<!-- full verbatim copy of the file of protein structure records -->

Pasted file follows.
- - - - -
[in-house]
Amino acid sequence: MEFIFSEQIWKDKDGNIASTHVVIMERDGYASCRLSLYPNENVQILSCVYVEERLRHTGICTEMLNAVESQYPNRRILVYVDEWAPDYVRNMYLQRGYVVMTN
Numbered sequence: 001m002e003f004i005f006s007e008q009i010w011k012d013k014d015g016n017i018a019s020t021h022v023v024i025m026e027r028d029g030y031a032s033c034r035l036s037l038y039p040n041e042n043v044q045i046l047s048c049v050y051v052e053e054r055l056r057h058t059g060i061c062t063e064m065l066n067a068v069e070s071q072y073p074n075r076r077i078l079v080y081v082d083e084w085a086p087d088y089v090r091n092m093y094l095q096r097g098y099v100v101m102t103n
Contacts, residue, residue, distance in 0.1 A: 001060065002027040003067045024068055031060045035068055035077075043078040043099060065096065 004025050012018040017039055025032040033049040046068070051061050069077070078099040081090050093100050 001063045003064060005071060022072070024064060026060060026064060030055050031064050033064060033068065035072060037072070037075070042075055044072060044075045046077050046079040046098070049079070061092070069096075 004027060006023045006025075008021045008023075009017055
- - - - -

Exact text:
[in-house]
Amino acid sequence: MEFIFSEQIWKDKDGNIASTHVVIMERDGYASCRLSLYPNENVQILSCVYVEERLRHTGICTEMLNAVESQYPNRRILVYVDEWAPDYVRNMYLQRGYVVMTN
Numbered sequence: 001m002e003f004i005f006s007e008q009i010w011k012d013k014d015g016n017i018a019s020t021h022v023v024i025m026e027r028d029g030y031a032s033c034r035l036s037l038y039p040n041e042n043v044q045i046l047s048c049v050y051v052e053e054r055l056r057h058t059g060i061c062t063e064m065l066n067a068v069e070s071q072y073p074n075r076r077i078l079v080y081v082d083e084w085a086p087d088y089v090r091n092m093y094l095q096r097g098y099v100v101m102t103n
Contacts, residue, residue, distance in 0.1 A: 001060065002027040003067045024068055031060045035068055035077075043078040043099060065096065 004025050012018040017039055025032040033049040046068070051061050069077070078099040081090050093100050 001063045003064060005071060022072070024064060026060060026064060030055050031064050033064060033068065035072060037072070037075070042075055044072060044075045046077050046079040046098070049079070061092070069096075 004027060006023045006025075008021045008023075009017055